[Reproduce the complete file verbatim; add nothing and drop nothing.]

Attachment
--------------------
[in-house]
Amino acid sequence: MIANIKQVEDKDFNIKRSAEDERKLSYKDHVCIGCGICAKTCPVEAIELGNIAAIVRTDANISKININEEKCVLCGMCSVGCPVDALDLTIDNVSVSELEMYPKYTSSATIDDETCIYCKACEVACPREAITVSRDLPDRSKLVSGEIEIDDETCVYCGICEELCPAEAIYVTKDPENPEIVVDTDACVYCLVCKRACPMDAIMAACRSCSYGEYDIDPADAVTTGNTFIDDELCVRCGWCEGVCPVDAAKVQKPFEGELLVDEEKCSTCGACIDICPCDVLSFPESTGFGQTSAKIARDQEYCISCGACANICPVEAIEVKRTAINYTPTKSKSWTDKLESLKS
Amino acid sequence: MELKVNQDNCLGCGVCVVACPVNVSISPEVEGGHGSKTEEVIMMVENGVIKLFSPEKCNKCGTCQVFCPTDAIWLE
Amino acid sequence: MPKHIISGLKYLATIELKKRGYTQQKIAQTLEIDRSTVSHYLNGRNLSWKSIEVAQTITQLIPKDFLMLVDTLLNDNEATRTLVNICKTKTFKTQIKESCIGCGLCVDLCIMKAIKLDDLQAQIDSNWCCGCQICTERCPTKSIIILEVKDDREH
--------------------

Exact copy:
[in-house]
Amino acid sequence: MIANIKQVEDKDFNIKRSAEDERKLSYKDHVCIGCGICAKTCPVEAIELGNIAAIVRTDANISKININEEKCVLCGMCSVGCPVDALDLTIDNVSVSELEMYPKYTSSATIDDETCIYCKACEVACPREAITVSRDLPDRSKLVSGEIEIDDETCVYCGICEELCPAEAIYVTKDPENPEIVVDTDACVYCLVCKRACPMDAIMAACRSCSYGEYDIDPADAVTTGNTFIDDELCVRCGWCEGVCPVDAAKVQKPFEGELLVDEEKCSTCGACIDICPCDVLSFPESTGFGQTSAKIARDQEYCISCGACANICPVEAIEVKRTAINYTPTKSKSWTDKLESLKS
Amino acid sequence: MELKVNQDNCLGCGVCVVACPVNVSISPEVEGGHGSKTEEVIMMVENGVIKLFSPEKCNKCGTCQVFCPTDAIWLE
Amino acid sequence: MPKHIISGLKYLATIELKKRGYTQQKIAQTLEIDRSTVSHYLNGRNLSWKSIEVAQTITQLIPKDFLMLVDTLLNDNEATRTLVNICKTKTFKTQIKESCIGCGLCVDLCIMKAIKLDDLQAQIDSNWCCGCQICTERCPTKSIIILEVKDDREH